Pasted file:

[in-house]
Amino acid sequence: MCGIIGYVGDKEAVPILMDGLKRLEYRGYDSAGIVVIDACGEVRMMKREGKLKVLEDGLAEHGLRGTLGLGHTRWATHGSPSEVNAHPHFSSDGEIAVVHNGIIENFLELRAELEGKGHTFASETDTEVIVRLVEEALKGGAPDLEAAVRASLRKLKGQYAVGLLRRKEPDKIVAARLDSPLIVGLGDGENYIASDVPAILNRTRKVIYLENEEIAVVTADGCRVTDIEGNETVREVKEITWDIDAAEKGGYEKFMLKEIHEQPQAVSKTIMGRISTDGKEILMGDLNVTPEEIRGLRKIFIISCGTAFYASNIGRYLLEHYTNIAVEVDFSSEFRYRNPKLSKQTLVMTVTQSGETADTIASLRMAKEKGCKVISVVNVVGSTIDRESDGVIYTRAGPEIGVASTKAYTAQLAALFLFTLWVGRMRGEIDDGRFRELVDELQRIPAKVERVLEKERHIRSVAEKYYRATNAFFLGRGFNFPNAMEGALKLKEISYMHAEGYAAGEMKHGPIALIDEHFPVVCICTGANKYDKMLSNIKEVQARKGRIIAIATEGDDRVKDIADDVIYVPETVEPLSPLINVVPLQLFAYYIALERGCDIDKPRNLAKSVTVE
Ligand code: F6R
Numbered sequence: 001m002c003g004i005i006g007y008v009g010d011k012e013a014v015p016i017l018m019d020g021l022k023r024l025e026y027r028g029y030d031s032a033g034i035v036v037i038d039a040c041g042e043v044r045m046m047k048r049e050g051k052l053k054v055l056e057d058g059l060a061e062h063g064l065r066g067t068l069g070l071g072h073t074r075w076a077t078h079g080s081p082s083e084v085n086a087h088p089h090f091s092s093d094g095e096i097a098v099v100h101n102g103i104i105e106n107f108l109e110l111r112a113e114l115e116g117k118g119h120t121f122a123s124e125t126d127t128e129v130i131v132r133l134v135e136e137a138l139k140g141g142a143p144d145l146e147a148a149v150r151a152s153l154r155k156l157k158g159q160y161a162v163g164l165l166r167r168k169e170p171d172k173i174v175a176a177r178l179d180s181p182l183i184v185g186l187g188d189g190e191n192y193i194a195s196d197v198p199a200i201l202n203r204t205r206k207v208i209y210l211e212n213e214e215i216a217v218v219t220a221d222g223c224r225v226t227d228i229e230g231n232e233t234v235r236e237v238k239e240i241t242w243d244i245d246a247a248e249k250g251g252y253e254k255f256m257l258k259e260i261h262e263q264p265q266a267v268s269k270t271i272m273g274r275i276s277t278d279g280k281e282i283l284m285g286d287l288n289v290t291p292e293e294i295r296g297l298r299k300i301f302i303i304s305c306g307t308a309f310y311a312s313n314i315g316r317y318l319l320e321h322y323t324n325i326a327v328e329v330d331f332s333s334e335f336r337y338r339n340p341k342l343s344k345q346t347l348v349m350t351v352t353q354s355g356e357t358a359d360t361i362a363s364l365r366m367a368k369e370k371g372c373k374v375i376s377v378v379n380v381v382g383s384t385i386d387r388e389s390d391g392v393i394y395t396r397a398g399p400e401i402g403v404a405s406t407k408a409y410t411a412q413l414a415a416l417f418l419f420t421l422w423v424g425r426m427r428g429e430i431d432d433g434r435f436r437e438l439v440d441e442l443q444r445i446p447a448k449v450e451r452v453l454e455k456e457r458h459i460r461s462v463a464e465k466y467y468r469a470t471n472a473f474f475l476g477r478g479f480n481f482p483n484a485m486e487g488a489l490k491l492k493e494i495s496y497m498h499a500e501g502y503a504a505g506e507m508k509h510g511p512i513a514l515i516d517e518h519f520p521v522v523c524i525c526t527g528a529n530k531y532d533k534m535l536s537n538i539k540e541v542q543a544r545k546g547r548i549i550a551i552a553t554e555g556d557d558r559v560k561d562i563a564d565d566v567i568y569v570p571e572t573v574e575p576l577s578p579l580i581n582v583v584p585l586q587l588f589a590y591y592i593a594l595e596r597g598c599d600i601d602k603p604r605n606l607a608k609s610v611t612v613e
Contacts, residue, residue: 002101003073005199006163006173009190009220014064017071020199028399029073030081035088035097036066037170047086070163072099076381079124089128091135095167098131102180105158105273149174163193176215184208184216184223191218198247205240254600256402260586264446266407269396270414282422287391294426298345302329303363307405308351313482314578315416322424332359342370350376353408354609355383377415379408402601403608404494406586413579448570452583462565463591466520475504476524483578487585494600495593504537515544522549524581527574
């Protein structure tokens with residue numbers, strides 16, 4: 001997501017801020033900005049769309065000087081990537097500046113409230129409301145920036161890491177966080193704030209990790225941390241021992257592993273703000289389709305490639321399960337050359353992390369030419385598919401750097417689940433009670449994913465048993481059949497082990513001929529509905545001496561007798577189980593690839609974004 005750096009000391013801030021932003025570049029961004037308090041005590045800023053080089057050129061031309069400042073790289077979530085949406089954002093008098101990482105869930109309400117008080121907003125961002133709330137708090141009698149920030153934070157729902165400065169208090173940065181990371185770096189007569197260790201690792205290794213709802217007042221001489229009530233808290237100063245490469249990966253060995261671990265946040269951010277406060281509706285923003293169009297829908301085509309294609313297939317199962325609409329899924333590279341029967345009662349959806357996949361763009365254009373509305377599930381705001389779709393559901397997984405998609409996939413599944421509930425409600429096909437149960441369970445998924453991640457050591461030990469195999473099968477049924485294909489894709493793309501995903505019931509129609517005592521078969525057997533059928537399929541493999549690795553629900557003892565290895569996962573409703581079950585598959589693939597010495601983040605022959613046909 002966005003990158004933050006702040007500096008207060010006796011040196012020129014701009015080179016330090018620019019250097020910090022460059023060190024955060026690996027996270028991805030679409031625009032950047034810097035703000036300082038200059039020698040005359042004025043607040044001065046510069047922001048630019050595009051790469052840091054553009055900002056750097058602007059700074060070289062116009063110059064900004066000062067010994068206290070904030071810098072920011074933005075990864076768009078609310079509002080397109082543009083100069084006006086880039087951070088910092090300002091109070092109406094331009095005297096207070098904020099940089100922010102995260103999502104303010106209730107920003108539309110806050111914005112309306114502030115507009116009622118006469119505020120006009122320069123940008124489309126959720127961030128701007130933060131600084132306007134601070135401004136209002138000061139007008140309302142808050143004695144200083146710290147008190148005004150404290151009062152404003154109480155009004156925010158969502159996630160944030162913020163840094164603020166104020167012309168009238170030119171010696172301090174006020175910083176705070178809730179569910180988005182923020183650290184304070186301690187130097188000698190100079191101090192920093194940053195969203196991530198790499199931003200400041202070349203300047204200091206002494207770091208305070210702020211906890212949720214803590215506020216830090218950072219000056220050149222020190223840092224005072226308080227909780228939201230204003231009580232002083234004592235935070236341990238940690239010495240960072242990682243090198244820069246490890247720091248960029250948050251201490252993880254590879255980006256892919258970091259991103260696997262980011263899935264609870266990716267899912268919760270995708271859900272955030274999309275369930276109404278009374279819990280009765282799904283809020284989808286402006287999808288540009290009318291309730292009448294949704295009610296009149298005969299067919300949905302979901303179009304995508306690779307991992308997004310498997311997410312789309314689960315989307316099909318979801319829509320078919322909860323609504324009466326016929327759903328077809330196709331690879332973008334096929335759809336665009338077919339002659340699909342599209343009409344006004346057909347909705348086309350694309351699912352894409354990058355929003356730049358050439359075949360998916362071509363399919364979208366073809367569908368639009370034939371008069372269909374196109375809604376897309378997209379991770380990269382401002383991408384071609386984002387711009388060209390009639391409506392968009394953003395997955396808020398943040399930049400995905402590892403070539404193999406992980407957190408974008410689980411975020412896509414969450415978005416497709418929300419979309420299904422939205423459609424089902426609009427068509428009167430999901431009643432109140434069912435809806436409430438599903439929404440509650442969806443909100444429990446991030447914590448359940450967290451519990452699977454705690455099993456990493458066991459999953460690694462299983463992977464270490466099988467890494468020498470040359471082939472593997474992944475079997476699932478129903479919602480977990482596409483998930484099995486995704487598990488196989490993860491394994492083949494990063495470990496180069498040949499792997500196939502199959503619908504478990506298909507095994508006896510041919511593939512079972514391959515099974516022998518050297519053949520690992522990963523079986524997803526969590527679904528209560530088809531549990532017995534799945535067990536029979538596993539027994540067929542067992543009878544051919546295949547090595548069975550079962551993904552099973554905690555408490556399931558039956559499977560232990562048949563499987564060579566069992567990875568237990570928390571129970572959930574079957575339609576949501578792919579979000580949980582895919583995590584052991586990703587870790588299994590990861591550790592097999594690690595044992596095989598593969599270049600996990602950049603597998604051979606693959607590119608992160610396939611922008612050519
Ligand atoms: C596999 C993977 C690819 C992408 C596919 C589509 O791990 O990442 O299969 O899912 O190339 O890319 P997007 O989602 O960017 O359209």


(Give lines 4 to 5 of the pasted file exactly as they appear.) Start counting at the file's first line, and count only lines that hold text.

Numbered sequence: 001m002c003g004i005i006g007y008v009g010d011k012e013a014v015p016i017l018m019d020g021l022k023r024l025e026y027r028g029y030d031s032a033g034i035v036v037i038d039a040c041g042e043v044r045m046m047k048r049e050g051k052l053k054v055l056e057d058g059l060a061e062h063g064l065r066g067t068l069g070l071g072h073t074r075w076a077t078h079g080s081p082s083e084v085n086a087h088p089h090f091s092s093d094g095e096i097a098v099v100h101n102g103i104i105e106n107f108l109e110l111r112a113e114l115e116g117k118g119h120t121f122a123s124e125t126d127t128e129v130i131v132r133l134v135e136e137a138l139k140g141g142a143p144d145l146e147a148a149v150r151a152s153l154r155k156l157k158g159q160y161a162v163g164l165l166r167r168k169e170p171d172k173i174v175a176a177r178l179d180s181p182l183i184v185g186l187g188d189g190e191n192y193i194a195s196d197v198p199a200i201l202n203r204t205r206k207v208i209y210l211e212n213e214e215i216a217v218v219t220a221d222g223c224r225v226t227d228i229e230g231n232e233t234v235r236e237v238k239e240i241t242w243d244i245d246a247a248e249k250g251g252y253e254k255f256m257l258k259e260i261h262e263q264p265q266a267v268s269k270t271i272m273g274r275i276s277t278d279g280k281e282i283l284m285g286d287l288n289v290t291p292e293e294i295r296g297l298r299k300i301f302i303i304s305c306g307t308a309f310y311a312s313n314i315g316r317y318l319l320e321h322y323t324n325i326a327v328e329v330d331f332s333s334e335f336r337y338r339n340p341k342l343s344k345q346t347l348v349m350t351v352t353q354s355g356e357t358a359d360t361i362a363s364l365r366m367a368k369e370k371g372c373k374v375i376s377v378v379n380v381v382g383s384t385i386d387r388e389s390d391g392v393i394y395t396r397a398g399p400e401i402g403v404a405s406t407k408a409y410t411a412q413l414a415a416l417f418l419f420t421l422w423v424g425r426m427r428g429e430i431d432d433g434r435f436r437e438l439v440d441e442l443q444r445i446p447a448k449v450e451r452v453l454e455k456e457r458h459i460r461s462v463a464e465k466y467y468r469a470t471n472a473f474f475l476g477r478g479f480n481f482p483n484a485m486e487g488a489l490k491l492k493e494i495s496y497m498h499a500e501g502y503a504a505g506e507m508k509h510g511p512i513a514l515i516d517e518h519f520p521v522v523c524i525c526t527g528a529n530k531y532d533k534m535l536s537n538i539k540e541v542q543a544r545k546g547r548i549i550a551i552a553t554e555g556d557d558r559v560k561d562i563a564d565d566v567i568y569v570p571e572t573v574e575p576l577s578p579l580i581n582v583v584p585l586q587l588f589a590y591y592i593a594l595e596r597g598c599d600i601d602k603p604r605n606l607a608k609s610v611t612v613e
Contacts, residue, residue: 002101003073005199006163006173009190009220014064017071020199028399029073030081035088035097036066037170047086070163072099076381079124089128091135095167098131102180105158105273149174163193176215184208184216184223191218198247205240254600256402260586264446266407269396270414282422287391294426298345302329303363307405308351313482314578315416322424332359342370350376353408354609355383377415379408402601403608404494406586413579448570452583462565463591466520475504476524483578487585494600495593504537515544522549524581527574